My viewpoint on calculus, specifically differentiation, has changed rather radically recently. I learned about differential forms and how to manipulate them algebraically. They have the following properties;

𝕕c = 0 where c is a constant
𝕕(x + y) = 𝕕x + 𝕕y
𝕕(x y) = 𝕕x y + x 𝕕y

So, basically the product rule and linearity. To give a simple example;

if z = x² + 2xy + y
𝕕z = 𝕕(x² + 2xy + y)
   = 𝕕(x²) + 𝕕(2xy) + 𝕕y
   = 𝕕(x x) + 𝕕(2xy) + 𝕕y
   = 𝕕x x + x 𝕕x + 𝕕(2xy) + 𝕕y
   = 2x 𝕕x + 𝕕(2xy) + 𝕕y
   = 2x 𝕕x + 2 (𝕕x y + x 𝕕y) + 𝕕y
   = 2x 𝕕x + 2y 𝕕x + 2x 𝕕y + 𝕕y
   = (2x + 2y) 𝕕x + (2x + 1) 𝕕y

The two coefficients of 𝕕x and 𝕕y are the partial derivatives; specifically;

∂x z = 2x + 2y
∂y z = 2x + 1

If we fix a particular x and y and treat 𝕕x and 𝕕y as variables, then 𝕕z is a formula for a plane; the linear approximation of z at our chosen x and y.

That 𝕕 will produce a linear approximation is a straightforward inductive argument.

Assume we have an expression, e, which is made up solely of additions, multiplications, constants, and variables x1, x2, ..., but nothing of the form 𝕕xn. There are four cases;

  1. If e is a variable xn then 𝕕e will be 𝕕xn, which, taken as a function of 𝕕xn is a linear approximation of xn with coefficient/derivative 1.
  2. If e is a constant then 𝕕e will be 0; a linear approximation of a constant.
  3. If e is of the form e1 + e2 then 𝕕e will be 𝕕e1 + 𝕕e2. 𝕕e1 and 𝕕e2 will be a linear combination of 𝕕xns by the inductive hypothesis and this will remain true when both are added together.
  4. If e is of the form e1 e2 then 𝕕e will be 𝕕e1 e2 + e1 𝕕e2. 𝕕e1 and 𝕕e2 will be a linear combination of 𝕕xns by the inductive hypothesis. We also assumed that e2 and e1 don’t contain any 𝕕xns, so 𝕕e1 e2 and e1 𝕕e2 are also linear combinations of 𝕕xns, as is their sum.

The coefficient of 𝕕xn within 𝕕e is the partial derivative with respect to xn of e.

That’s quite remarkable. The usual story about derivatives involves limits. For a while, there have been efforts to bring calculus back to its roots and use infinitesimals instead as they are easier to manipulate algebraically. However, this derivation illustrates something important; we don’t need either! Taking a derivative has nothing to do, in principle, with anything related to continuity; it’s a side effect of the simplest nontrivial method of algebraically defining a linearization operation. There is absolutely no reason to interpret 𝕕x as an “infinitesimal change in x”; it’s completely superfluous. So all the arguments about philosophical whatever completely dissolve! This is also less complicated than accounts involving infinitesimals; perhaps not as much of a simplification as removing limits, but still an improvement.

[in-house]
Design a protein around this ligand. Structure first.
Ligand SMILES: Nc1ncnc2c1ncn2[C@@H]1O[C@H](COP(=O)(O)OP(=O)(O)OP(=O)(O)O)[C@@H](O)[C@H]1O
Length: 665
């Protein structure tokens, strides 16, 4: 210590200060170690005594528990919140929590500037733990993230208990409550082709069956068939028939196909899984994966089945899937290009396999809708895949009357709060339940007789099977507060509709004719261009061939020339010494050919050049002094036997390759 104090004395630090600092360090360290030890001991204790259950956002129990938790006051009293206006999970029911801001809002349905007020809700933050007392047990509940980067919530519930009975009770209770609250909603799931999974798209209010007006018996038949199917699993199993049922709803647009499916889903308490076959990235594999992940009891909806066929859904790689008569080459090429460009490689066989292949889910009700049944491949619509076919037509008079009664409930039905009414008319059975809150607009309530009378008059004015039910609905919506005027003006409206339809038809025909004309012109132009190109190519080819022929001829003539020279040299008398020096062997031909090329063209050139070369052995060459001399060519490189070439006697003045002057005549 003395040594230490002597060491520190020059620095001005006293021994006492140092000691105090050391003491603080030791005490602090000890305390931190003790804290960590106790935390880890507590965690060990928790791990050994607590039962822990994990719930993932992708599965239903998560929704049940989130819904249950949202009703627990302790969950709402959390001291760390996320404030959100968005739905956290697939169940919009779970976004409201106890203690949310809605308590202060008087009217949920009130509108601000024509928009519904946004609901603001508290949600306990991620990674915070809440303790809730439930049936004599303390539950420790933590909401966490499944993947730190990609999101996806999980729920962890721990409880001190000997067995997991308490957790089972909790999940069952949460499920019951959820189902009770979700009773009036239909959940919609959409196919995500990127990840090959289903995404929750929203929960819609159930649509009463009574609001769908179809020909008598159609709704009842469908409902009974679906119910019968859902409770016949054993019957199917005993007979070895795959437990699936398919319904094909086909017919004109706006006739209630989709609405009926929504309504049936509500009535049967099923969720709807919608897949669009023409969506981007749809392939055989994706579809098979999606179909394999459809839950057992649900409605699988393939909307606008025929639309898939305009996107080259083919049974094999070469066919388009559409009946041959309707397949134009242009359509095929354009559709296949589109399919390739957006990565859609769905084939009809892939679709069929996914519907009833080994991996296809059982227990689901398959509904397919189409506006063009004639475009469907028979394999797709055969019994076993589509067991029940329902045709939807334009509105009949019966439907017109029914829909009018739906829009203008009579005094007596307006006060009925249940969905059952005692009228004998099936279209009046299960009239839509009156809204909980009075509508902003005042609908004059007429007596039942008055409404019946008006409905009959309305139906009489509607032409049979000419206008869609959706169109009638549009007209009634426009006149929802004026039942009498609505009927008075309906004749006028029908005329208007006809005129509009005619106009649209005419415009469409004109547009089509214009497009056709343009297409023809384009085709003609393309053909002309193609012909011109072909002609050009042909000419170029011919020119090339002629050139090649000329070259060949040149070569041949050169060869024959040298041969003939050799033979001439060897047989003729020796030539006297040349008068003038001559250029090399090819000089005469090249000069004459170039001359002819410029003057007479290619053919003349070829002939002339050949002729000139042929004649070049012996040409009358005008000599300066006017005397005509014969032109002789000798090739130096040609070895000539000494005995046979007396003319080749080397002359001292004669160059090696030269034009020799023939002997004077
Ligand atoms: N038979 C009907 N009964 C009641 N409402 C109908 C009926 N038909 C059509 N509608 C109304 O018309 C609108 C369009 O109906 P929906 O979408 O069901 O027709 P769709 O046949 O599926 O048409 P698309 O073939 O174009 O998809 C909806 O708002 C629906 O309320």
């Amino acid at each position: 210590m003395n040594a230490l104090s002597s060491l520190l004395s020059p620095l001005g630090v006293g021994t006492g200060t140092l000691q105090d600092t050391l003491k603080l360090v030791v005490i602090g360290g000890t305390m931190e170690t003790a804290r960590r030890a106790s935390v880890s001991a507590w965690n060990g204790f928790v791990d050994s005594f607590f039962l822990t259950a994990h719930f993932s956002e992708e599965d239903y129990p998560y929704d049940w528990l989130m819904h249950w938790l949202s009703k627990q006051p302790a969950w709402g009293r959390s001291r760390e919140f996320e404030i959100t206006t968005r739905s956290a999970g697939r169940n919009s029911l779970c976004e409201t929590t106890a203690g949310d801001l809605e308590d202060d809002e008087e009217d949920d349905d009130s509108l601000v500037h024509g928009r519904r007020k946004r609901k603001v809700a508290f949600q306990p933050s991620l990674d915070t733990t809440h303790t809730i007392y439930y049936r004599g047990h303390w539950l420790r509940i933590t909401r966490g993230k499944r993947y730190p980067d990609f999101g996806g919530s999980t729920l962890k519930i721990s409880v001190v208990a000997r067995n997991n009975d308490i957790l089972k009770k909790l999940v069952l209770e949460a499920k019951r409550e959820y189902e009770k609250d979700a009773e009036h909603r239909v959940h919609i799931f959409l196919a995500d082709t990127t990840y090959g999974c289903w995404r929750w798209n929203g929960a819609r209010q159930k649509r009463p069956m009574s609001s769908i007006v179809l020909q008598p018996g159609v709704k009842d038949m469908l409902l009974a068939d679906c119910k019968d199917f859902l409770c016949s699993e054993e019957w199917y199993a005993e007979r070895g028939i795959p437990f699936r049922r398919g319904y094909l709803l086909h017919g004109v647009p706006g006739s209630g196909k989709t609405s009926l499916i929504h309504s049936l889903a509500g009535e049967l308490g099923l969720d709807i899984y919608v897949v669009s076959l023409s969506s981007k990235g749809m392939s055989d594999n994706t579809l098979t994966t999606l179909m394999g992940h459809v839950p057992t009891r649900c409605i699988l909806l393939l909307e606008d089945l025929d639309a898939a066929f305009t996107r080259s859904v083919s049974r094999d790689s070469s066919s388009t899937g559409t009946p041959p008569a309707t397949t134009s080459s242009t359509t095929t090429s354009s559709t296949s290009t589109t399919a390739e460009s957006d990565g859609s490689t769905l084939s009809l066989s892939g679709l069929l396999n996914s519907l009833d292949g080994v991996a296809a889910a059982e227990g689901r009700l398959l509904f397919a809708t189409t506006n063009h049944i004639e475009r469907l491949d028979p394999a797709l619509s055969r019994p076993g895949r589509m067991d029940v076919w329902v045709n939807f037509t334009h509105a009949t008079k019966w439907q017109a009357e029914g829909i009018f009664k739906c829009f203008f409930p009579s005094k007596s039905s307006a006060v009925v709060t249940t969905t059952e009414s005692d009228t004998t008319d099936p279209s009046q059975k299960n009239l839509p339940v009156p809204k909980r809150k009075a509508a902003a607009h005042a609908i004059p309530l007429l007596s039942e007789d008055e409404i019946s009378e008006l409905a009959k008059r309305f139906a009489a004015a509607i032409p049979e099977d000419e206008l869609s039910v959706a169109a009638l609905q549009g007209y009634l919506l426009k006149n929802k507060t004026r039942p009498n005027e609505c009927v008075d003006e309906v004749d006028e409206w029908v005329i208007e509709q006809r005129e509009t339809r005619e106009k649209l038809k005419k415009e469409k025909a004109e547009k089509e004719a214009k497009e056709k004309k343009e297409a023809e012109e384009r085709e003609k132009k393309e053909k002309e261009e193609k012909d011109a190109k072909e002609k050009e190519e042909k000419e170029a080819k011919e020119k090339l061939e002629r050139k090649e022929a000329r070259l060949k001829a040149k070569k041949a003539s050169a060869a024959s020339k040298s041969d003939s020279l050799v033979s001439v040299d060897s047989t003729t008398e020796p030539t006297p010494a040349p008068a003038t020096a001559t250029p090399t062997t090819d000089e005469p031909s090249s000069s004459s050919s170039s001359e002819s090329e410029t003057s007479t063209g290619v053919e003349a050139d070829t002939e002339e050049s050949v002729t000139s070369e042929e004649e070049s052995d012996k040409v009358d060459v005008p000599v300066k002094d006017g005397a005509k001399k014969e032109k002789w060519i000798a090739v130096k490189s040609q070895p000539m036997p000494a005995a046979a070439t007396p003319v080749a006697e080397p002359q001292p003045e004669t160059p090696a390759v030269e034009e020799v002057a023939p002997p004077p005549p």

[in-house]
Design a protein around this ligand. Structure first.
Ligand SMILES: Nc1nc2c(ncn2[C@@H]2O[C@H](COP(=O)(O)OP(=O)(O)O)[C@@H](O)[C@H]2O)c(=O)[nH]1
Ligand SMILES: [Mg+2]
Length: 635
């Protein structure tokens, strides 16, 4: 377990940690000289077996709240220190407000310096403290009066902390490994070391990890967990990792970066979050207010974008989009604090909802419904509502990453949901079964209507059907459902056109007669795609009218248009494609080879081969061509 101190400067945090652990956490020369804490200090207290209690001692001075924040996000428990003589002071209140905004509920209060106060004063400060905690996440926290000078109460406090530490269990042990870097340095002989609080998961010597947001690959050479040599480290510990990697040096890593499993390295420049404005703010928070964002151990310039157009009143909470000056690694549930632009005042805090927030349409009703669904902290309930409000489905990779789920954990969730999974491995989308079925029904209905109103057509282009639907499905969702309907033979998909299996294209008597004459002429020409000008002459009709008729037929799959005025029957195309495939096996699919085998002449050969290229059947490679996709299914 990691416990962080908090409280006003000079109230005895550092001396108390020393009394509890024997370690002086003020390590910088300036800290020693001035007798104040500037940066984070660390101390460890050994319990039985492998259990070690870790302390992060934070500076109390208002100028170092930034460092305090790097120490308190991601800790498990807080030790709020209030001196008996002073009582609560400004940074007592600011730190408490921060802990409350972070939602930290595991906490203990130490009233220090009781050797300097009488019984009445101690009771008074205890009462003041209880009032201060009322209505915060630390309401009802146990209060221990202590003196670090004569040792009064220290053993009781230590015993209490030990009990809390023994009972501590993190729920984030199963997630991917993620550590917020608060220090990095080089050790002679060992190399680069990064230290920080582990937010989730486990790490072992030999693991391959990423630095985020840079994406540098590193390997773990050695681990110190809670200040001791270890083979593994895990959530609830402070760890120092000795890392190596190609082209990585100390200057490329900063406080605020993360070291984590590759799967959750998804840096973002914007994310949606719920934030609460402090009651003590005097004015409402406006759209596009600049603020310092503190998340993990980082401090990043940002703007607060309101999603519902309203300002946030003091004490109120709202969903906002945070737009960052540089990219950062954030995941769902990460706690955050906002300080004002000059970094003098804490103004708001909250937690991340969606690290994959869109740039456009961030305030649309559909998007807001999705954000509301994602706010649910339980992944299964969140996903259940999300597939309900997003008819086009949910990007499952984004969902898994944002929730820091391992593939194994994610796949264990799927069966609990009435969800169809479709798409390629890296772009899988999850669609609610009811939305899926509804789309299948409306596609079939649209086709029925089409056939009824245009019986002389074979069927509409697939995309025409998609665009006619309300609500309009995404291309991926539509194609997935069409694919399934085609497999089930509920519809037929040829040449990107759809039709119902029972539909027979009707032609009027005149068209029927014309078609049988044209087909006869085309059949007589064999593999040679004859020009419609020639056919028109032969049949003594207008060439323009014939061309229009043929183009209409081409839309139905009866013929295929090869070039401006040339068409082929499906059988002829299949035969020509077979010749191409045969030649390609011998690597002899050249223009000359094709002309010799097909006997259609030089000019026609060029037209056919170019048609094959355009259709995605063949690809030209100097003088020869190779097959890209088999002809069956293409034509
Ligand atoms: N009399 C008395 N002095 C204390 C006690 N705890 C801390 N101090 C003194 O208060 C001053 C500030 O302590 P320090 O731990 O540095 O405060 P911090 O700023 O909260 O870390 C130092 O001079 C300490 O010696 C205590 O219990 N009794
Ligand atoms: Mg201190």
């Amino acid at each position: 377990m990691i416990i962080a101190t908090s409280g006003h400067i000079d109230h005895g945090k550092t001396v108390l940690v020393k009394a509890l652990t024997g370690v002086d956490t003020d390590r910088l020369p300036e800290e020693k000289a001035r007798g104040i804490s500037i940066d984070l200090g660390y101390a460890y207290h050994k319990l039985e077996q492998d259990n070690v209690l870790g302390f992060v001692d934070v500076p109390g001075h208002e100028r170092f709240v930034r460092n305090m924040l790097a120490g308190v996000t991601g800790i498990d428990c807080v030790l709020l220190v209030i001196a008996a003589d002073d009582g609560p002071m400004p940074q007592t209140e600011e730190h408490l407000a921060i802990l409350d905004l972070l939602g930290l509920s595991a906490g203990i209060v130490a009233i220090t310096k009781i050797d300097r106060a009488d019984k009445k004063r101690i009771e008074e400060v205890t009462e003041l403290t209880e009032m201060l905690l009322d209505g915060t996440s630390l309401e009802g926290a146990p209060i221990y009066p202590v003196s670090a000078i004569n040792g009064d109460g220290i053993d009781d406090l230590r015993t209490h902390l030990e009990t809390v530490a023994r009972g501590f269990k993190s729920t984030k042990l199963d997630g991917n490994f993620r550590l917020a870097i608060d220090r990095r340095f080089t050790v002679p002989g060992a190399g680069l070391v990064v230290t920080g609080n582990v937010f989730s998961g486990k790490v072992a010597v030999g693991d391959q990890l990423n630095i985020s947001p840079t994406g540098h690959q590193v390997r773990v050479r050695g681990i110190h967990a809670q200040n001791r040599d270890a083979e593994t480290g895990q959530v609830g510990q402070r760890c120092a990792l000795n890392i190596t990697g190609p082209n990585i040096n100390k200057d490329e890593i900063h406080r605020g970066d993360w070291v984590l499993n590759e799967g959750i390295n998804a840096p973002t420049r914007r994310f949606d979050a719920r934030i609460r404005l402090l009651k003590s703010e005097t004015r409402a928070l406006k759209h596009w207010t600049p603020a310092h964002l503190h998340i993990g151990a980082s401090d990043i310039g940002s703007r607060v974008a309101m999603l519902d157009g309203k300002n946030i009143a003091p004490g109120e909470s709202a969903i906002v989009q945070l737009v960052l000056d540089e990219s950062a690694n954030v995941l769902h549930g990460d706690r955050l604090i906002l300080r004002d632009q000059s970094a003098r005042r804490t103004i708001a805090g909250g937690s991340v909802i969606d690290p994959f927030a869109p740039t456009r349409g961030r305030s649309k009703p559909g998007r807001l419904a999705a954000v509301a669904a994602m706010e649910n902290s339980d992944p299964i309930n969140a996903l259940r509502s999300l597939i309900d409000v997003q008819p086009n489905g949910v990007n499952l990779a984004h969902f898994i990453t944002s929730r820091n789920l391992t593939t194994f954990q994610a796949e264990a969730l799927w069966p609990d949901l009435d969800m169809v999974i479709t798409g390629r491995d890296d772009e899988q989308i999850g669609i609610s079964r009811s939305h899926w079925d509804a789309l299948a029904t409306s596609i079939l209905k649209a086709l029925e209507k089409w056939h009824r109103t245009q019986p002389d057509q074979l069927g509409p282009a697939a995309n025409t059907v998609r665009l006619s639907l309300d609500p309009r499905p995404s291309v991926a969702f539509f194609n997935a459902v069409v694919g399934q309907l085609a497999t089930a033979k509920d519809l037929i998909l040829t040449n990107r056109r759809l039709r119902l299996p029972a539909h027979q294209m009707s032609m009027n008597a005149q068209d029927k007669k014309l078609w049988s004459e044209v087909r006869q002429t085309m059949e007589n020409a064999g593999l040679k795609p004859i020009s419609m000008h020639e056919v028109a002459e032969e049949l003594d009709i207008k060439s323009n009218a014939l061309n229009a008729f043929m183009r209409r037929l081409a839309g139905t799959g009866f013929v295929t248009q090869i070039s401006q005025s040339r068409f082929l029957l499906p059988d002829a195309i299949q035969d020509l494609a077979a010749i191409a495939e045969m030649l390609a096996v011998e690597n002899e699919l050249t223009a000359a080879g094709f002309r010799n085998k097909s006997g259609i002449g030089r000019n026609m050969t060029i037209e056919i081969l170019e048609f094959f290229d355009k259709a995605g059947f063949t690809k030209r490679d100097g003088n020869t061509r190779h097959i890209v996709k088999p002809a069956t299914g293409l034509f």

This is also much more general as this can be done over any rig; anything with an addition and multiplication which distribute over each other. This includes completely discrete domains; we don’t need a domain where limits or infinitesimals need to be defined.

Integration, in so far as it’s merely an approximate inverse of differentiation, is also perfectly well defined in discrete domains. Or, at least it’s as well defined as it usually is; up to a constant and whatnot. Though many specific integrals are undefined in finite domains. Take the finite field with two elements, for instance. In that domain, we have that x² = x for all x. Up to eta-equivalence, there are only four unary functions;

f x = 1
f x = 0
f x = x
f x = x + 1

Their derivatives are 0, 0, 1, and 1, respectively. As a consequence, f x = x and f x = x + 1 don’t have integrals in this domain since nothing differentiates to them. But we know this because the concept of an integral is perfectly sensable even if it’s not always defined. We can even perform definite integrals using the first fundamental theorem of calculus… sometimes. We need a notion of negation to do that, at least, so it can’t be done in a general rig. There might be some other requirements, like some notion of order.